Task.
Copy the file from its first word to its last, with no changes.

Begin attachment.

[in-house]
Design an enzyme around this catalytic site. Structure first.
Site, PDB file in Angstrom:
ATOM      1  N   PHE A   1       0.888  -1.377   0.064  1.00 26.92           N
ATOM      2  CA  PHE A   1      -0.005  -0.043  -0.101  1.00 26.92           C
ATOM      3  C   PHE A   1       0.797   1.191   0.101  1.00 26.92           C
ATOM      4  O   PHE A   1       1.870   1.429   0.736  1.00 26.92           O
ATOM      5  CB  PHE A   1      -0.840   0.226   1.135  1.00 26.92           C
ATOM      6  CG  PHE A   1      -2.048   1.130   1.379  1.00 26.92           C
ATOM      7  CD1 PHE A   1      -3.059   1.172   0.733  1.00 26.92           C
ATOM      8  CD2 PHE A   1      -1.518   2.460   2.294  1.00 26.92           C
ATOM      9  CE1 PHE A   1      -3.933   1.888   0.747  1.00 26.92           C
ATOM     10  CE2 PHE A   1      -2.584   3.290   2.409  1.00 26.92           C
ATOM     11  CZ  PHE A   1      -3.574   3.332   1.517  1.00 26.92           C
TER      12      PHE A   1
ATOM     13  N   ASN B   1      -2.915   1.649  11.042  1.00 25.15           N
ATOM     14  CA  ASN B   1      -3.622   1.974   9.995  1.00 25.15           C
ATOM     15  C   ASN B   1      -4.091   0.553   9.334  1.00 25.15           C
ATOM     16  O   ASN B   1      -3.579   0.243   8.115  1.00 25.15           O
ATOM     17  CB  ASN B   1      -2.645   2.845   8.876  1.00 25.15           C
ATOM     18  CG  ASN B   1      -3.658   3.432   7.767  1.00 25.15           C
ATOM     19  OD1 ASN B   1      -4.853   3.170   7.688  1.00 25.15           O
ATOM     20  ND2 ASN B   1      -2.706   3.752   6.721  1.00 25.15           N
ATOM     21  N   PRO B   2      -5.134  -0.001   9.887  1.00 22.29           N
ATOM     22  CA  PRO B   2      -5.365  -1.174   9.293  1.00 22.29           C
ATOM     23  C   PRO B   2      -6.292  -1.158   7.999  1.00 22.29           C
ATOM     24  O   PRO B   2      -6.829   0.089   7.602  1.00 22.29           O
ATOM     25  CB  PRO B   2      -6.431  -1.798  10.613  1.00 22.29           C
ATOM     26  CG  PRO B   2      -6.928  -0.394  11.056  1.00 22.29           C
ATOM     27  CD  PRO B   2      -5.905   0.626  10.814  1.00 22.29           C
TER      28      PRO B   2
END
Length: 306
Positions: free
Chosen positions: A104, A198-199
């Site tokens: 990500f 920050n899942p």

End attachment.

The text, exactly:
[in-house]
Design an enzyme around this catalytic site. Structure first.
Site, PDB file in Angstrom:
ATOM      1  N   PHE A   1       0.888  -1.377   0.064  1.00 26.92           N
ATOM      2  CA  PHE A   1      -0.005  -0.043  -0.101  1.00 26.92           C
ATOM      3  C   PHE A   1       0.797   1.191   0.101  1.00 26.92           C
ATOM      4  O   PHE A   1       1.870   1.429   0.736  1.00 26.92           O
ATOM      5  CB  PHE A   1      -0.840   0.226   1.135  1.00 26.92           C
ATOM      6  CG  PHE A   1      -2.048   1.130   1.379  1.00 26.92           C
ATOM      7  CD1 PHE A   1      -3.059   1.172   0.733  1.00 26.92           C
ATOM      8  CD2 PHE A   1      -1.518   2.460   2.294  1.00 26.92           C
ATOM      9  CE1 PHE A   1      -3.933   1.888   0.747  1.00 26.92           C
ATOM     10  CE2 PHE A   1      -2.584   3.290   2.409  1.00 26.92           C
ATOM     11  CZ  PHE A   1      -3.574   3.332   1.517  1.00 26.92           C
TER      12      PHE A   1
ATOM     13  N   ASN B   1      -2.915   1.649  11.042  1.00 25.15           N
ATOM     14  CA  ASN B   1      -3.622   1.974   9.995  1.00 25.15           C
ATOM     15  C   ASN B   1      -4.091   0.553   9.334  1.00 25.15           C
ATOM     16  O   ASN B   1      -3.579   0.243   8.115  1.00 25.15           O
ATOM     17  CB  ASN B   1      -2.645   2.845   8.876  1.00 25.15           C
ATOM     18  CG  ASN B   1      -3.658   3.432   7.767  1.00 25.15           C
ATOM     19  OD1 ASN B   1      -4.853   3.170   7.688  1.00 25.15           O
ATOM     20  ND2 ASN B   1      -2.706   3.752   6.721  1.00 25.15           N
ATOM     21  N   PRO B   2      -5.134  -0.001   9.887  1.00 22.29           N
ATOM     22  CA  PRO B   2      -5.365  -1.174   9.293  1.00 22.29           C
ATOM     23  C   PRO B   2      -6.292  -1.158   7.999  1.00 22.29           C
ATOM     24  O   PRO B   2      -6.829   0.089   7.602  1.00 22.29           O
ATOM     25  CB  PRO B   2      -6.431  -1.798  10.613  1.00 22.29           C
ATOM     26  CG  PRO B   2      -6.928  -0.394  11.056  1.00 22.29           C
ATOM     27  CD  PRO B   2      -5.905   0.626  10.814  1.00 22.29           C
TER      28      PRO B   2
END
Length: 306
Positions: free
Chosen positions: A104, A198-199
């Site tokens: 990500f 920050n899942p």